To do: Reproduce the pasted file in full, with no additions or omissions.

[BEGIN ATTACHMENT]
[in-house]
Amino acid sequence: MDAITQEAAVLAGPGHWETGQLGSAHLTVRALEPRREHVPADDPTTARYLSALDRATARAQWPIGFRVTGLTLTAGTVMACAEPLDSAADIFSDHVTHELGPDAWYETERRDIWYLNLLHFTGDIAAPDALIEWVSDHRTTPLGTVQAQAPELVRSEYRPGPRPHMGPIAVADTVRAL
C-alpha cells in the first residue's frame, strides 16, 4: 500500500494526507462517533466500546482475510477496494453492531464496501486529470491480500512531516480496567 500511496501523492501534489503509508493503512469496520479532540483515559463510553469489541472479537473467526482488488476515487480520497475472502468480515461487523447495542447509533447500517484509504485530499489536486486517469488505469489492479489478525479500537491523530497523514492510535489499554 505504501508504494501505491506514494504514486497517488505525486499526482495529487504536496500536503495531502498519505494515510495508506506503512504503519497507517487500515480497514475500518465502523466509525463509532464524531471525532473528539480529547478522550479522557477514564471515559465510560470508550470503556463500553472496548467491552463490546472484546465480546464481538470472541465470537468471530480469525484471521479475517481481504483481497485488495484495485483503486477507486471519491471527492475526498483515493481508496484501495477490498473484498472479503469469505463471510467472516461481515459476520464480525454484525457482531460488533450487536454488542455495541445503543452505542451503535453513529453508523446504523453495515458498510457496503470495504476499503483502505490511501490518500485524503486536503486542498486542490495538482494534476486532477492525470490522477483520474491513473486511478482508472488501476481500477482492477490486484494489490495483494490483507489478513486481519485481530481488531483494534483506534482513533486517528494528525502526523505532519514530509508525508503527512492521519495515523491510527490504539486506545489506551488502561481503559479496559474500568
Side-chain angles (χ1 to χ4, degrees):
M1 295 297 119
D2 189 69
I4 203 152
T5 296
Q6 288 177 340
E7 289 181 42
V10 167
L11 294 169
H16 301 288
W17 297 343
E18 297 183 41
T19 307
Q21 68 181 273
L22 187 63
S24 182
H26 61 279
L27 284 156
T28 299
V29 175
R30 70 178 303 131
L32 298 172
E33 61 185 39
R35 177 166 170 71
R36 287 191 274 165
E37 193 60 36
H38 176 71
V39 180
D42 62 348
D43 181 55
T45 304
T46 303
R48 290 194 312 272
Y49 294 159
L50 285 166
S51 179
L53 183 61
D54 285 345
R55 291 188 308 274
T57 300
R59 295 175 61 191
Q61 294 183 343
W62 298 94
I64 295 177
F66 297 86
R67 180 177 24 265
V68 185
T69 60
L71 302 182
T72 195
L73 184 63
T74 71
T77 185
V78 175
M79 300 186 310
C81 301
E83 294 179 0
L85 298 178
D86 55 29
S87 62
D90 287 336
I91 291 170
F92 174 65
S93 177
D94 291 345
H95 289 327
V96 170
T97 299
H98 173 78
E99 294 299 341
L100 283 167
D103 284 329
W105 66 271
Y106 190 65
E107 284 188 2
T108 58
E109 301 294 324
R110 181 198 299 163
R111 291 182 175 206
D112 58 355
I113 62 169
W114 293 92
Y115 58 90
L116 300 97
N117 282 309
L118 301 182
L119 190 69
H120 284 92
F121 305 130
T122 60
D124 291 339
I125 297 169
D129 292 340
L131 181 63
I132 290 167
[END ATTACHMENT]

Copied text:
[in-house]
Amino acid sequence: MDAITQEAAVLAGPGHWETGQLGSAHLTVRALEPRREHVPADDPTTARYLSALDRATARAQWPIGFRVTGLTLTAGTVMACAEPLDSAADIFSDHVTHELGPDAWYETERRDIWYLNLLHFTGDIAAPDALIEWVSDHRTTPLGTVQAQAPELVRSEYRPGPRPHMGPIAVADTVRAL
C-alpha cells in the first residue's frame, strides 16, 4: 500500500494526507462517533466500546482475510477496494453492531464496501486529470491480500512531516480496567 500511496501523492501534489503509508493503512469496520479532540483515559463510553469489541472479537473467526482488488476515487480520497475472502468480515461487523447495542447509533447500517484509504485530499489536486486517469488505469489492479489478525479500537491523530497523514492510535489499554 505504501508504494501505491506514494504514486497517488505525486499526482495529487504536496500536503495531502498519505494515510495508506506503512504503519497507517487500515480497514475500518465502523466509525463509532464524531471525532473528539480529547478522550479522557477514564471515559465510560470508550470503556463500553472496548467491552463490546472484546465480546464481538470472541465470537468471530480469525484471521479475517481481504483481497485488495484495485483503486477507486471519491471527492475526498483515493481508496484501495477490498473484498472479503469469505463471510467472516461481515459476520464480525454484525457482531460488533450487536454488542455495541445503543452505542451503535453513529453508523446504523453495515458498510457496503470495504476499503483502505490511501490518500485524503486536503486542498486542490495538482494534476486532477492525470490522477483520474491513473486511478482508472488501476481500477482492477490486484494489490495483494490483507489478513486481519485481530481488531483494534483506534482513533486517528494528525502526523505532519514530509508525508503527512492521519495515523491510527490504539486506545489506551488502561481503559479496559474500568
Side-chain angles (χ1 to χ4, degrees):
M1 295 297 119
D2 189 69
I4 203 152
T5 296
Q6 288 177 340
E7 289 181 42
V10 167
L11 294 169
H16 301 288
W17 297 343
E18 297 183 41
T19 307
Q21 68 181 273
L22 187 63
S24 182
H26 61 279
L27 284 156
T28 299
V29 175
R30 70 178 303 131
L32 298 172
E33 61 185 39
R35 177 166 170 71
R36 287 191 274 165
E37 193 60 36
H38 176 71
V39 180
D42 62 348
D43 181 55
T45 304
T46 303
R48 290 194 312 272
Y49 294 159
L50 285 166
S51 179
L53 183 61
D54 285 345
R55 291 188 308 274
T57 300
R59 295 175 61 191
Q61 294 183 343
W62 298 94
I64 295 177
F66 297 86
R67 180 177 24 265
V68 185
T69 60
L71 302 182
T72 195
L73 184 63
T74 71
T77 185
V78 175
M79 300 186 310
C81 301
E83 294 179 0
L85 298 178
D86 55 29
S87 62
D90 287 336
I91 291 170
F92 174 65
S93 177
D94 291 345
H95 289 327
V96 170
T97 299
H98 173 78
E99 294 299 341
L100 283 167
D103 284 329
W105 66 271
Y106 190 65
E107 284 188 2
T108 58
E109 301 294 324
R110 181 198 299 163
R111 291 182 175 206
D112 58 355
I113 62 169
W114 293 92
Y115 58 90
L116 300 97
N117 282 309
L118 301 182
L119 190 69
H120 284 92
F121 305 130
T122 60
D124 291 339
I125 297 169
D129 292 340
L131 181 63
I132 290 167